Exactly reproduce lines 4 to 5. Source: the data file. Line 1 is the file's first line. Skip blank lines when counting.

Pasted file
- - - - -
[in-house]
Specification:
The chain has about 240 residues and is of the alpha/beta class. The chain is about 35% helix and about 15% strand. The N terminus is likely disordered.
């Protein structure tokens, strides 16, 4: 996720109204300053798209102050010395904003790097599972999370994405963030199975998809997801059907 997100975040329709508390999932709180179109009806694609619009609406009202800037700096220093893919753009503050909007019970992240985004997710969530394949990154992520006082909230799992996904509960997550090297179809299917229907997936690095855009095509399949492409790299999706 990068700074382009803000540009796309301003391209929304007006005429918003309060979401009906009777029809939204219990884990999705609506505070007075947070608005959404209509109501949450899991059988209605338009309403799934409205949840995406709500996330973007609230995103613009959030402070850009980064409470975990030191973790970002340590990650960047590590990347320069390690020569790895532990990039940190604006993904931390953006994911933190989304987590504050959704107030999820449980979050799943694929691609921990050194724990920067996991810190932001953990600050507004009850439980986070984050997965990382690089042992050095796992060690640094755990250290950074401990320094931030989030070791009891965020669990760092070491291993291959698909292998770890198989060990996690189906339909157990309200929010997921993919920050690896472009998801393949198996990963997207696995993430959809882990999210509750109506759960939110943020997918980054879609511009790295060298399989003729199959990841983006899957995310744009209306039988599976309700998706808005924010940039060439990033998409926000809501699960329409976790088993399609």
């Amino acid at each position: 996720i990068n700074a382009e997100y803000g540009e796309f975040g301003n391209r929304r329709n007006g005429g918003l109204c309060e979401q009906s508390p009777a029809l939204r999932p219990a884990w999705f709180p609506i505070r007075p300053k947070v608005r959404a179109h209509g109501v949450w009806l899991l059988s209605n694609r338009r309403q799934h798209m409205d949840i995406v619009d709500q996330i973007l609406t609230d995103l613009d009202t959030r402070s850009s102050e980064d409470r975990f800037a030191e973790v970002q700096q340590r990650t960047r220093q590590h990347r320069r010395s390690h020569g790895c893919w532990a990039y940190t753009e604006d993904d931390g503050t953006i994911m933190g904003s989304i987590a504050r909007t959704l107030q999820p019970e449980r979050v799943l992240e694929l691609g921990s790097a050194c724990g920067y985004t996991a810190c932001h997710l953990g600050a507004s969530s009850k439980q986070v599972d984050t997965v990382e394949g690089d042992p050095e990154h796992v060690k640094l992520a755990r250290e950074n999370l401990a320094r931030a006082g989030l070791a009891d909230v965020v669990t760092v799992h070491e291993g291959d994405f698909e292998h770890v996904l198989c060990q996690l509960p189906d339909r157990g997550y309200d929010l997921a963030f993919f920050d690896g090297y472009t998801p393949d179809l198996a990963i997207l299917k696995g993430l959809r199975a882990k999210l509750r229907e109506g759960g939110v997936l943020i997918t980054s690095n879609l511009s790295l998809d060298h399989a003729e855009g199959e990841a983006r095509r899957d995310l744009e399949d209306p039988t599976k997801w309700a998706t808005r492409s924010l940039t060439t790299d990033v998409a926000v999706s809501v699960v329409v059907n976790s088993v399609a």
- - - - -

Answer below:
């Protein structure tokens, strides 16, 4: 996720109204300053798209102050010395904003790097599972999370994405963030199975998809997801059907 997100975040329709508390999932709180179109009806694609619009609406009202800037700096220093893919753009503050909007019970992240985004997710969530394949990154992520006082909230799992996904509960997550090297179809299917229907997936690095855009095509399949492409790299999706 990068700074382009803000540009796309301003391209929304007006005429918003309060979401009906009777029809939204219990884990999705609506505070007075947070608005959404209509109501949450899991059988209605338009309403799934409205949840995406709500996330973007609230995103613009959030402070850009980064409470975990030191973790970002340590990650960047590590990347320069390690020569790895532990990039940190604006993904931390953006994911933190989304987590504050959704107030999820449980979050799943694929691609921990050194724990920067996991810190932001953990600050507004009850439980986070984050997965990382690089042992050095796992060690640094755990250290950074401990320094931030989030070791009891965020669990760092070491291993291959698909292998770890198989060990996690189906339909157990309200929010997921993919920050690896472009998801393949198996990963997207696995993430959809882990999210509750109506759960939110943020997918980054879609511009790295060298399989003729199959990841983006899957995310744009209306039988599976309700998706808005924010940039060439990033998409926000809501699960329409976790088993399609």
């Amino acid at each position: 996720i990068n700074a382009e997100y803000g540009e796309f975040g301003n391209r929304r329709n007006g005429g918003l109204c309060e979401q009906s508390p009777a029809l939204r999932p219990a884990w999705f709180p609506i505070r007075p300053k947070v608005r959404a179109h209509g109501v949450w009806l899991l059988s209605n694609r338009r309403q799934h798209m409205d949840i995406v619009d709500q996330i973007l609406t609230d995103l613009d009202t959030r402070s850009s102050e980064d409470r975990f800037a030191e973790v970002q700096q340590r990650t960047r220093q590590h990347r320069r010395s390690h020569g790895c893919w532990a990039y940190t753009e604006d993904d931390g503050t953006i994911m933190g904003s989304i987590a504050r909007t959704l107030q999820p019970e449980r979050v799943l992240e694929l691609g921990s790097a050194c724990g920067y985004t996991a810190c932001h997710l953990g600050a507004s969530s009850k439980q986070v599972d984050t997965v990382e394949g690089d042992p050095e990154h796992v060690k640094l992520a755990r250290e950074n999370l401990a320094r931030a006082g989030l070791a009891d909230v965020v669990t760092v799992h070491e291993g291959d994405f698909e292998h770890v996904l198989c060990q996690l509960p189906d339909r157990g997550y309200d929010l997921a963030f993919f920050d690896g090297y472009t998801p393949d179809l198996a990963i997207l299917k696995g993430l959809r199975a882990k999210l509750r229907e109506g759960g939110v997936l943020i997918t980054s690095n879609l511009s790295l998809d060298h399989a003729e855009g199959e990841a983006r095509r899957d995310l744009e399949d209306p039988t599976k997801w309700a998706t808005r492409s924010l940039t060439t790299d990033v998409a926000v999706s809501v699960v329409v059907n976790s088993v399609a």